Episode 136: Is That Really You? - How To Stay True To Yourself | Transcription

Transcription for the video titled "Episode 136: Is That Really You? - How To Stay True To Yourself".

1970-01-01T01:02:45.000Z

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Introduction

Intro (00:00)

I'm Ryan Nidell, host of 15 Minutes to Freedom, your daily action guide to getting shit done. If you find value in the content that I share, do me a favor and give me a five-star review wherever you're consuming this content. The more reviews I get, the more people that can listen to the message, the higher my ranking becomes. Today's episode is, is that really you? So today's episode is, is that really you? So in today's episode, what I'm going to share with you and cover with you is the highlight reel that we put on social media is limiting our growth as a society. So for those of you that don't know, March is one of my favorite months.


Discussion On Arnold, March, And Supplement Festivals

Birthday, March (01:03)

Now, it's really twofold as to why it's one of my favorite months. Maybe it's not so favorite anymore, but I was born in March, so of course. It's a monumental month for me. March 14th is my birthday, and it feels great to have that be acknowledged. I, for the majority of my life, would have said to you that I didn't care about my birthday. It wasn't important, I didn't want to celebrate it, but that was a story that I had told myself for years because I had somewhere internalized the fact that I wasn't important. That I didn't actually provide value to the world. So why would I want to celebrate the day of my birth when there were a lot of times in my life where I wasn't even really proud to be alive? Just call it what it is. The other side of things that makes me love March is the first weekend in March every year for the past 20 plus years here in Columbus is the Arnold Classic.


Arnold (01:46)

Now for those of you that may not know what the Arnold Classic is, Arnold Schwarzenegger puts on a sports festival here in Columbus and has for the past 20 plus years. He did that because back in the 70s, I believe, there was a Mr. Universe or Mr. World competition. It happened to be held here in Columbus. He won the competition. He loved the city of Columbus and he partnered up with a gentleman named Jim Lormer to host what would become the Arnold Classic here. The entire deal that they have is literally based off of a handshake. To the best of my knowledge, they still don't have a contractual agreement between the two of them, and this is now a multinational company. The Arnold Sports Festival happens here as well as, I think, three or four other countries across the globe. It could even be more. I share this with you because here in Columbus, for that first weekend in March, the whole city becomes engulfed in this fitness lifestyle. Not only, of course, the bodybuilders that I used to care about, but you also have gymnastics and fencing and strongmen. And there's more competitors here during that week and weekend than compete in total during the Summer Olympics. Like, let that sink in for a second. The Summer Olympics, they go on once every four years. Obviously, every country gets invited, give or take. There are more competitors that come to Columbus in different genres of different sports than the entire Summer Olympics together. So it's this really cool thing. I remember coming when I was at Miami of Ohio, my sophomore year of college. I remember the first time I made it to the Arnold, drove up from Oxford, Ohio. It's in March. It's cold. It's always snowy. Even if the weather's peaked and it's starting to come out of that cold, dreary, miserable season in central Ohio, it just so happens that every Arnold Classic weekend, you are destined to get some snow. It doesn't matter. You have all these competitors from all these warm areas of the world that all fly in that really mock us as a city because it's cold and miserable in Columbus that weekend. That's all they ever see. So I remember driving with my friends up to the Arnold Classic. And I was, of course, the meathead at that time that had just figured out what anabolic steroids were, was picking up fitness magazines. And I'm like dragging my friends up to the Arnold Classic. And I was, of course, the meathead at that time that had just figured out what anabolic steroids were, was picking up fitness magazines. And I'm like dragging my friends to make this hour and a half, hour and 45 minute drive to Columbus to go to the Arnold Classic. I remember walking in the first time and just being in awe. Number one, of the sheer magnitude of people. Like I had no idea it was that large, not only competitor scale, but also on the spectator scale.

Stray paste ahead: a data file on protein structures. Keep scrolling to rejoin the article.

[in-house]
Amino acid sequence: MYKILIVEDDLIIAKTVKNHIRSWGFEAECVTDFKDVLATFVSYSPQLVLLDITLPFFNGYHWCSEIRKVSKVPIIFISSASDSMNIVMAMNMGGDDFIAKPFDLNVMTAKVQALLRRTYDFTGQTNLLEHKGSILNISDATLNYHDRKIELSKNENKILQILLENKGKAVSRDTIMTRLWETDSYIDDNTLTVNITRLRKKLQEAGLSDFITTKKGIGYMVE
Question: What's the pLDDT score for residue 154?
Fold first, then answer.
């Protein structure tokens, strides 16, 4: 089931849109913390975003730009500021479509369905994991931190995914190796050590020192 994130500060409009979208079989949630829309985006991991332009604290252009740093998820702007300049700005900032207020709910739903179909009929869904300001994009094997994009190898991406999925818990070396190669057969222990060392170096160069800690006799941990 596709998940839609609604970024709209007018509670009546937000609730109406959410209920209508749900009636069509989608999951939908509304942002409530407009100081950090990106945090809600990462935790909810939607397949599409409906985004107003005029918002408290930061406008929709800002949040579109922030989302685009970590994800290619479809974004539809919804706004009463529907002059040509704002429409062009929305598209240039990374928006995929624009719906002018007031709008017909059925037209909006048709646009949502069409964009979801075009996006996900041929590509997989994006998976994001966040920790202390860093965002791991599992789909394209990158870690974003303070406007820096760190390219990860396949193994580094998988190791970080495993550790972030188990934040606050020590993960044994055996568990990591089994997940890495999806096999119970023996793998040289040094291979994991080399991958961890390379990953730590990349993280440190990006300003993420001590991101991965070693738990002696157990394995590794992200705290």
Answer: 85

Australian Arnold (04:23)

You know, if you show up on a Saturday, you're really elbow to elbow, shoulder to shoulder, you know, chest to back across this entire humongous expo center. You really can't move. So it's not enjoyable, but it's part of the experience.


Supplement sampling (04:41)

That's part of the experience. I remember walking around and picking up endless supplements. That was back in the day in the supplement world where supplement manufacturers thought that by giving you a sample, it would increase their sales. We would come up or we came up and we had two giant bags, almost the size of 50-gallon trash bags it felt like, that were just full of every protein, amino acid, pre-workout.


March as food fest (04:56)